Euro zone ponders delay of 2nd Greek program
By Luke Baker and Jan Strupczewski
BRUSSELS (Reuters) - Euro zone finance officials are examining ways of delaying parts or even all of the second bailout program for Greece while still avoiding a disorderly default, several EU sources said on Wednesday.
Delays could possibly last until after the country holds elections expected in April, they said
While most of the elements of the package, which will total 130 billion euros, are in place, euro zone finance ministers are not satisfied that Greece’s political leaders are sufficiently committed to the deal, which requires Athens to make further spending cuts and introduce deeply unpopular labor reforms.
It is also not clear that Greece’s debt-to-GDP ratio, which currently stands at around 160 percent, will be cut to 120 percent by 2020 via the agreement, as demanded by the ‘troika’ of the European Commission, IMF and European Central Bank.
“There are proposals to delay the Greek package or to split it, so that an immediate default is avoided, but not everything is committed to,” one official briefed on preparations for a euro zone finance ministers call later in the day told Reuters.
“They’ll discuss the options,” he said, adding: “There is pressure from several countries to hold off until there is a concrete commitment from Greece, which may not come until after they’ve held elections.”
Germany, Finland and the Netherlands are the countries pushing to delay the package, two other officials said, with Germany the most adamant and suggesting that final approval should only be granted after new elections are held.
Under the proposal, a debt swap agreement between Greece and private sector holders of Greek bonds, which aims to cut Athens’ debt burden by 100 billion euros via the private sector taking a nominal 50 percent loss, could go ahead in the coming weeks, with the process beginning in around a week’s time.
If successfully completed, the swap would allow Greece to avoid missing a 14.5 billion euro bond redemption payment on March 20. If Athens misses that payment, or the terms of the payment are not altered, it will be in default.
Around 30 billion euros of the 130 billion euro package is made up of “sweetners” to be paid to private-sector investors to encourage them to take part in the swap.
That portion of the package would have to be raised and paid out, and there would also need to be support of around 30 billion euros to recapitalize Greek banks, but the bulk of the funds would not be signed off on.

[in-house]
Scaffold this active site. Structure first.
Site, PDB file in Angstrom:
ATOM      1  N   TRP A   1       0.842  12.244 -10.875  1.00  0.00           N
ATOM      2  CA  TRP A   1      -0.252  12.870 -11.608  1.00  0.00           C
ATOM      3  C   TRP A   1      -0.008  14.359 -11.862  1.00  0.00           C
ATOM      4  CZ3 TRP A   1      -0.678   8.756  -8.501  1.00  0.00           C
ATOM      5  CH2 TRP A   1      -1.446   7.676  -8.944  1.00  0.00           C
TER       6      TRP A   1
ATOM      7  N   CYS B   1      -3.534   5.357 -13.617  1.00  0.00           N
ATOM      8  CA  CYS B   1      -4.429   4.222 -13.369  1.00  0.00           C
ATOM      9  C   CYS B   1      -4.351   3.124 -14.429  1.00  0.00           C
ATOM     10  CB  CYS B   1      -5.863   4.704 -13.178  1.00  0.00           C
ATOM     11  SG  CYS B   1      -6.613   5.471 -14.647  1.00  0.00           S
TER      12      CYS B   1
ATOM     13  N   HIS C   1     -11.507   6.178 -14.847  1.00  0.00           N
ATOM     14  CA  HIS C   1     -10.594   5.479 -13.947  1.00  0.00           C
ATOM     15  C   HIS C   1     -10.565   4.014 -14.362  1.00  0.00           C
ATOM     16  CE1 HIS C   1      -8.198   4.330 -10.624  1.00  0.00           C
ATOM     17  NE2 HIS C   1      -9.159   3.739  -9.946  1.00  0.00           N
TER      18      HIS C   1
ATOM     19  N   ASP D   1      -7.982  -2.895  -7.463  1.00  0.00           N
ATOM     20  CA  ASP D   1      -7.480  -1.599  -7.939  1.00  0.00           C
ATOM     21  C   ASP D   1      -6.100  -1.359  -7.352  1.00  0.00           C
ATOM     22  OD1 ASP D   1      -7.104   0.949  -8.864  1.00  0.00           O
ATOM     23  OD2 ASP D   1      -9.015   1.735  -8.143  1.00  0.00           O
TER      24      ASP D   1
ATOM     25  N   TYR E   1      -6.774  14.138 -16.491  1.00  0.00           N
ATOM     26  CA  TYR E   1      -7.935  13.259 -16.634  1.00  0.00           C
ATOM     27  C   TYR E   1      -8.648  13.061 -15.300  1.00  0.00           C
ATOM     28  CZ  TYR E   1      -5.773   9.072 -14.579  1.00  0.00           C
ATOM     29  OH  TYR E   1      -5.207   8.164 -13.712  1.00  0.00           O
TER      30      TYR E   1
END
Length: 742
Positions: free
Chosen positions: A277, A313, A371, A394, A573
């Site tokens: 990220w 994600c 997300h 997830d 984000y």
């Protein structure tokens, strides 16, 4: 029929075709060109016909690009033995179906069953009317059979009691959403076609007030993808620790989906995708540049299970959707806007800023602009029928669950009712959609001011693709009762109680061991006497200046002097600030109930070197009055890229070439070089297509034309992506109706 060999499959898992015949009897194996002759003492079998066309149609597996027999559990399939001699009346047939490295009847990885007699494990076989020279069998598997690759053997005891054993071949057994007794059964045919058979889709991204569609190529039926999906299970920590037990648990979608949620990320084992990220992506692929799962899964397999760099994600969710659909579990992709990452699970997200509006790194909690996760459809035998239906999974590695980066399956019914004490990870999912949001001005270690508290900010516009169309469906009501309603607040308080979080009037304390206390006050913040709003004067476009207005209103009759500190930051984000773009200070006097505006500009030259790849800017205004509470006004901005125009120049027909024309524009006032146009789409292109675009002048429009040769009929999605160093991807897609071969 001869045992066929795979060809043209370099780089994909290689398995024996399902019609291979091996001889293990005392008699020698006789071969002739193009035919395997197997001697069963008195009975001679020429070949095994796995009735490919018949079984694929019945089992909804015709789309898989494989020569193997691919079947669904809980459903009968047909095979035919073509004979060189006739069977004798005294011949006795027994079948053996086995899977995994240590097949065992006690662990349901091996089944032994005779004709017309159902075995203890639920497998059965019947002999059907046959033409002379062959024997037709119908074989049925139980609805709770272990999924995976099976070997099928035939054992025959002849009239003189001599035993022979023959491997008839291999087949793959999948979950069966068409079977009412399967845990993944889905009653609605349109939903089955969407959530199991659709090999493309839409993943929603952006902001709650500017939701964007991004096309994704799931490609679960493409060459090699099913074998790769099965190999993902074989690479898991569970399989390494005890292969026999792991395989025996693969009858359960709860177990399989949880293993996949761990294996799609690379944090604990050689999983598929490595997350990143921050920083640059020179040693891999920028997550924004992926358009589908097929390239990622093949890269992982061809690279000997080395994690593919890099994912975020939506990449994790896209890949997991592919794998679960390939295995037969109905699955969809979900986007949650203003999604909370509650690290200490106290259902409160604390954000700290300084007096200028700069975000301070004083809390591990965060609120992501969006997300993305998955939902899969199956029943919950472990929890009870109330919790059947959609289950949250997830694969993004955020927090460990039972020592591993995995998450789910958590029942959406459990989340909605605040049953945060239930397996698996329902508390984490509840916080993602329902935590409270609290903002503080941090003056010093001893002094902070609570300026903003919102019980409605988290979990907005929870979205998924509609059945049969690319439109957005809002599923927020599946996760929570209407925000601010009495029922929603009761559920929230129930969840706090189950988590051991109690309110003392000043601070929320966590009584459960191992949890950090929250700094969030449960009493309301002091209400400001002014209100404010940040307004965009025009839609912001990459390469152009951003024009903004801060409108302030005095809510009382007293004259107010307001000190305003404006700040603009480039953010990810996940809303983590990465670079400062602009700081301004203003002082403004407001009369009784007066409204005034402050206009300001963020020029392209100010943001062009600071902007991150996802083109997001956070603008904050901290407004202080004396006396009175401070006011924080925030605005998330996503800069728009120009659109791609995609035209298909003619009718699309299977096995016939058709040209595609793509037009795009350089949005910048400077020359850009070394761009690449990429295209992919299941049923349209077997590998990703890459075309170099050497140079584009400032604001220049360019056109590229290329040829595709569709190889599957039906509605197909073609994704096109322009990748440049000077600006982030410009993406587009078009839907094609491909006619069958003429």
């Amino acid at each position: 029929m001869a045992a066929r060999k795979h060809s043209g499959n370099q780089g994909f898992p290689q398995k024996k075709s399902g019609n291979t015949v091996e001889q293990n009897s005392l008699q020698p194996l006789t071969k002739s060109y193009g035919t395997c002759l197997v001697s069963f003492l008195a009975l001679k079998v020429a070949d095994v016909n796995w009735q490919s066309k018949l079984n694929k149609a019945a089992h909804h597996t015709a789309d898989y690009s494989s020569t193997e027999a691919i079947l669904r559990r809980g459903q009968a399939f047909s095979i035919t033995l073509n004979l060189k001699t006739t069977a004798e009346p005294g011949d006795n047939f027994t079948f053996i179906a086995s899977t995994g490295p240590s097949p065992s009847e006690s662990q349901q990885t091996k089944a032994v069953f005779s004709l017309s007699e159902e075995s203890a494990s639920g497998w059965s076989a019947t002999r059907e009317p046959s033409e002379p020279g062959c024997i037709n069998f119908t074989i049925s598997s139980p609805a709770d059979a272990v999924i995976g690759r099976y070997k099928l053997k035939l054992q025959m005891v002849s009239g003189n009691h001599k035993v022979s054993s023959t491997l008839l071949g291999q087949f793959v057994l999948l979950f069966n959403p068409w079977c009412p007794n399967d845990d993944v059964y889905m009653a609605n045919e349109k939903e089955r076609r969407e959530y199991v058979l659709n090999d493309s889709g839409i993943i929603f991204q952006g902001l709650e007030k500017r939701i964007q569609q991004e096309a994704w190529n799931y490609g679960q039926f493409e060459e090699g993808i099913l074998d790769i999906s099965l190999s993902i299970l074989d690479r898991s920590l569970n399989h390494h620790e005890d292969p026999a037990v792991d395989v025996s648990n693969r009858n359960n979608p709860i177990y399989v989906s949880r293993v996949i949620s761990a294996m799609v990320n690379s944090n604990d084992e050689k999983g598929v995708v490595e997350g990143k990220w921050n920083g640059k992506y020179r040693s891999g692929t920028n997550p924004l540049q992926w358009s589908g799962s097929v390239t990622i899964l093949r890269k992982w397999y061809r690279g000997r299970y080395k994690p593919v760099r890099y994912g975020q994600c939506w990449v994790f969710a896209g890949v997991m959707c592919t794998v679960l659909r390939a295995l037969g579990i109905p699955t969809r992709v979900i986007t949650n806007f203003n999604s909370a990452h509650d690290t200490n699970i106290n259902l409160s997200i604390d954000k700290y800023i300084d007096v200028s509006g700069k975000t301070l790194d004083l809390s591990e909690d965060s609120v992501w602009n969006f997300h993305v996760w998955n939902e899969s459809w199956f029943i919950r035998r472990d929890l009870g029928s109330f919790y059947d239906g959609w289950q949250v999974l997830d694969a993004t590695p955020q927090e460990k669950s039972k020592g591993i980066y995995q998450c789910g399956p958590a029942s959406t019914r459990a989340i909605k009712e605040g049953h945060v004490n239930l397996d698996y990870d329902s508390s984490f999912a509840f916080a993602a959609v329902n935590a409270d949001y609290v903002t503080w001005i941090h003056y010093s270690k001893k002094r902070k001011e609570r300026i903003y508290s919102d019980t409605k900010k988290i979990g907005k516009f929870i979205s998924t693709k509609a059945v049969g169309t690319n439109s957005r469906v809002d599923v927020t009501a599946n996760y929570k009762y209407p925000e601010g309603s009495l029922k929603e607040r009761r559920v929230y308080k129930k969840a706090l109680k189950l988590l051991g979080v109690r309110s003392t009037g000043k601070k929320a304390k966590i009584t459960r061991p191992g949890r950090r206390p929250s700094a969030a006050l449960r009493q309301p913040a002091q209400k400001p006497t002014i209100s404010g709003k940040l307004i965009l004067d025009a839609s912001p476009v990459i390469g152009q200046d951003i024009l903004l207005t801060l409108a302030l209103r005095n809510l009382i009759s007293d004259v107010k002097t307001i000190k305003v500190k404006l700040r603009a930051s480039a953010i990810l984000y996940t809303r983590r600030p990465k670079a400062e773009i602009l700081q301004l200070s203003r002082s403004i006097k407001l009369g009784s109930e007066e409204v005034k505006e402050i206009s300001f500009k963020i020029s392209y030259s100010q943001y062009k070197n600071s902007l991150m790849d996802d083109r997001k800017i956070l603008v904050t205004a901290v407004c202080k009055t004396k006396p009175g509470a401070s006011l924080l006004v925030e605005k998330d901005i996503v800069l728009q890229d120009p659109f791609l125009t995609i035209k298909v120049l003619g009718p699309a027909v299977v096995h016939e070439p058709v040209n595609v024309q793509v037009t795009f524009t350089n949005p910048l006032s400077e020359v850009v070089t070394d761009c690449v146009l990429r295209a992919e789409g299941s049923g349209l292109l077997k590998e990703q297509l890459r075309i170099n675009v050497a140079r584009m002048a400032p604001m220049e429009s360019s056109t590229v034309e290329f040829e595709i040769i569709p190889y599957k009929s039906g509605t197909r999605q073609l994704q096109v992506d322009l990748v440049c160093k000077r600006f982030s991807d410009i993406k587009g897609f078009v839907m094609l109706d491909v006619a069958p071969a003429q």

Data from Athens on Tuesday showed the economy shrank 7.0 percent in the fourth quarter of 2011 on an annualized basis, making it all the harder for Greece to meet the target. One official estimated that Greece’s debt-to-GDP ratio may only fall to 140 percent by 2020 given the latest figures.
Euro zone finance ministers will hold a conference call from 1600 GMT to discuss how to proceed. The call replaces a face-to-face meeting, which was cancelled late on Tuesday because Greece had not provided sufficient commitments from its side and not all the paperwork was in place.
Asked whether the package could be split, a spokesman for the European Commission said it was not decided.
“Up until now in the discussions, this has always been treated as an entire package,” Amadeu Altafaj, spokesman on economic and monetary affairs told reporters, adding specifically on the private-sector portion:
“Up until now, that’s never been separated out. Now what will happen tonight, I don’t know, I can’t preempt that. But that’s certainly the logic we’ve been following so far.”
One major problem with splitting the package is whether private holders of Greek bonds would be willing to sign up to a swap if Greece’s financing - which makes up the bulk of the second package - is not in place, since that would mean the state might not be able to meet future bond payments.
As a result, one euro zone source said it was possible that the entire second package - the private sector portion and the remainder - could be delayed until after Greek elections, when everyone hopes for greater clarity and commitment.
“This would mean we have to pay the 14.5 billion euros on March 20, which would be a total waste,” said the euro zone source, who took part in discussions among deputy heads of euro zone finance ministries on Tuesday.
“But there is still money left from the first program so we could do it,” they said, referring to Greece’s first, 110 billion euro bailout program, agreed in May 2010. “This would mean that the talks on the second program, including PSI (private sector involvement), which is part of the package, would be moved until there is a new Greek government in place.”
The frustration expressed by Germany, the Netherlands and others - reflected in the proposal to delay the rescue package - is in part designed to put political pressure on Athens. But officials say it is also genuine and a sign that patience is wearing thin after two years of trying to sort out Greece.
For now, the central aim of euro zone finance ministers remains to push ahead with the second package as agreed last October - which would mean signing off on PSI in the coming week, possibly at a Eurogroup meeting set for Monday.
Additional reporting by John O'Donnell in Brussels and Martin Santa in Bratislava, writing by Luke Baker